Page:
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Re: CHAT: Hello

From:Andreas Johansson <and_yo@...>
Date:Monday, April 30, 2001, 18:07
Irina Rempt wrote:
> >On Sun, 29 Apr 2001, Frank George Valoczy wrote: > > > On Sun, 29 Apr 2001, taliesin the storyteller wrote: > > > > The UN declaration of human rights is translated to the languages of >all > > > the member nations, + quite a few minority languages so this might be > > > the winner? > > > now there's a translation the text on the web somewhere? > >Indubitably. I seem to remember that someone suggested doing it as a >translation exercise, and some people (including me) didn't want to >do it because it wasn't culturally neutral, but heavily biased in the >direction of 20th century Western culture.
Culturally neutral? Well I guess I agree that the UN declaration isn't culturally neutral (which's as it should be IMHO - in order to be acceptable to all it would have to say nothing), but where to found a text that's culturally neutral? It'd have to on something that can't possibly construed as having any bearing whatsoever on any kind of "values". But how does a lack of "cultural neutrality" make something bad as an translation exercise? Translating, for example, the UN declaration of human rights into some language surely doesn't mean you agree with its content. You could even be translating it so that the poor speakers of language X can see for themselves how vile it is ... Andreas PS I don't think "heavily biased" is the correct term. It's more of a mission statement for the democratic-liberal wing of western culture. _________________________________________________________________________ Get Your Private, Free E-mail from MSN Hotmail at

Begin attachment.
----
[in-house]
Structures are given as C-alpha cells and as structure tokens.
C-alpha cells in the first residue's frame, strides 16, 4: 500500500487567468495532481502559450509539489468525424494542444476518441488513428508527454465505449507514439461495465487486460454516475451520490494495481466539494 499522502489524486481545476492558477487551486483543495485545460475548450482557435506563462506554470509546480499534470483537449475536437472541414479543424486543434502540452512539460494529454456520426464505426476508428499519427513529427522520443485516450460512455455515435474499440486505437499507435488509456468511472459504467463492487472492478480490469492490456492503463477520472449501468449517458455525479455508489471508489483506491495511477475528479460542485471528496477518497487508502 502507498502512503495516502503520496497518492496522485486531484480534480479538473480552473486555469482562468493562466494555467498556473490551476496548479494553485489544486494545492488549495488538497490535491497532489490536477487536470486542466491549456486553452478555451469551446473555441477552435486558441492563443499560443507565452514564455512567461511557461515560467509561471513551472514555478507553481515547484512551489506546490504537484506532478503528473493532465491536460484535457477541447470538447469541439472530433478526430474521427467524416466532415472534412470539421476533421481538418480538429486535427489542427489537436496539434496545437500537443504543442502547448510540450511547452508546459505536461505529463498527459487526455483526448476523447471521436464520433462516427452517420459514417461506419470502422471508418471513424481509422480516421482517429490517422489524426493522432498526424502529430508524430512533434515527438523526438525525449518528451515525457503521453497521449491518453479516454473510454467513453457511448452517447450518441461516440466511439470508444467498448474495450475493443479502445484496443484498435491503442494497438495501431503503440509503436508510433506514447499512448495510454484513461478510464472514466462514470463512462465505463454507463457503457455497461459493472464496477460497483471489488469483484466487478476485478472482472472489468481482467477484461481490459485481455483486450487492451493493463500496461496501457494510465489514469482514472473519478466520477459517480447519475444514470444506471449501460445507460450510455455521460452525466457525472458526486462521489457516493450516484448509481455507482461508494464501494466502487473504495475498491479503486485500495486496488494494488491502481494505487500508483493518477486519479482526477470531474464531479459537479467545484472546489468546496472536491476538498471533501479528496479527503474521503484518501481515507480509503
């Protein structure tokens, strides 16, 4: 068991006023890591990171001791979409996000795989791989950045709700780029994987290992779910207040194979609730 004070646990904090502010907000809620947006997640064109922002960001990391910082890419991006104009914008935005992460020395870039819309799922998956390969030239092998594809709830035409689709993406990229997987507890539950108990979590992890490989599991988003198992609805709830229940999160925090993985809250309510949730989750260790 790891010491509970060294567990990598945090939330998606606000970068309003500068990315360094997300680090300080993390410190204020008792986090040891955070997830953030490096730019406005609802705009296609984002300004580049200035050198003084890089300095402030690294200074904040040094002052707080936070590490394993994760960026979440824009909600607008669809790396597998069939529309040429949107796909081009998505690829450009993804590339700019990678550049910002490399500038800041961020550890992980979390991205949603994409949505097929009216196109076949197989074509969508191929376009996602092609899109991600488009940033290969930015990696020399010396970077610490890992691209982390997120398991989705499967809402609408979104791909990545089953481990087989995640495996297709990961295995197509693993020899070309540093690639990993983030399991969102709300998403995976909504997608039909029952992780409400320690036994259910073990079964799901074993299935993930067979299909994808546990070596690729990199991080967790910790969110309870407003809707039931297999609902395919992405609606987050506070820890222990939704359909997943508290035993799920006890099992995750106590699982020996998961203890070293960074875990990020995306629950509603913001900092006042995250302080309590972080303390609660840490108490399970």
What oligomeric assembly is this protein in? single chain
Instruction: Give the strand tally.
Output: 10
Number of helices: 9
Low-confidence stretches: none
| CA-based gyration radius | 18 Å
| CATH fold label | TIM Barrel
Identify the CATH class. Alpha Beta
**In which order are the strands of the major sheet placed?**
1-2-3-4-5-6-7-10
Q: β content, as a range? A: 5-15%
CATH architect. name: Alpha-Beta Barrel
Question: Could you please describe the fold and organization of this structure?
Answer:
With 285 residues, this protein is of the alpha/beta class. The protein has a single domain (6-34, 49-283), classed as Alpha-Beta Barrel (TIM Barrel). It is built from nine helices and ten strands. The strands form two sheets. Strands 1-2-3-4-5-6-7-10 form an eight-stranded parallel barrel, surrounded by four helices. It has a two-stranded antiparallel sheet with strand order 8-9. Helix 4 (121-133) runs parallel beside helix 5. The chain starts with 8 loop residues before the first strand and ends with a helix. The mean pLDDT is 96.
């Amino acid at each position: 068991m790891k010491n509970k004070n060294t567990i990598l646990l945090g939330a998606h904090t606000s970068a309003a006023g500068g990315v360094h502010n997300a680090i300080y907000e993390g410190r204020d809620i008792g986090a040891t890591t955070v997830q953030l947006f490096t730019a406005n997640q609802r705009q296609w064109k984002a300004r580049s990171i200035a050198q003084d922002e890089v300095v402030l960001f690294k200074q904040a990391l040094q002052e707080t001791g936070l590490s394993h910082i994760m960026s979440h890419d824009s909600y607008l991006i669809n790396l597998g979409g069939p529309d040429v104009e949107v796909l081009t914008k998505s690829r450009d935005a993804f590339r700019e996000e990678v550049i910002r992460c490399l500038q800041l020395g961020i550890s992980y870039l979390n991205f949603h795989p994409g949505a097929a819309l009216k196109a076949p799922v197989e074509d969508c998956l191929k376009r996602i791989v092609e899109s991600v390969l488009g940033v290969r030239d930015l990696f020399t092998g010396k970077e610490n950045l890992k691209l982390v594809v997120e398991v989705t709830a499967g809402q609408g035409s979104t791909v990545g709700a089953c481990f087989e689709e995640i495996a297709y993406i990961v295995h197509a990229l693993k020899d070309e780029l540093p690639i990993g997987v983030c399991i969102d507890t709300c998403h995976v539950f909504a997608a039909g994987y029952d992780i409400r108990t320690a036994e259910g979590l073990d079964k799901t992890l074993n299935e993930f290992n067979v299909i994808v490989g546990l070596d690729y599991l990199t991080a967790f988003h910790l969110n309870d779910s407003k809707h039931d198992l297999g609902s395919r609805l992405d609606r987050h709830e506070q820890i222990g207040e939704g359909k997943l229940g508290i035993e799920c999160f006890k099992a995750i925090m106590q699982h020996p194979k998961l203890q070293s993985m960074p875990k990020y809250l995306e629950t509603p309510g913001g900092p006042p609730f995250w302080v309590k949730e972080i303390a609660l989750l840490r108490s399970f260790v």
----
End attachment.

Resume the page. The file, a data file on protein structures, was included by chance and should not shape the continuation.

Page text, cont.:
Irina Rempt <ira@...>
Muke Tever <alrivera@...>'cultural neutrality' in translations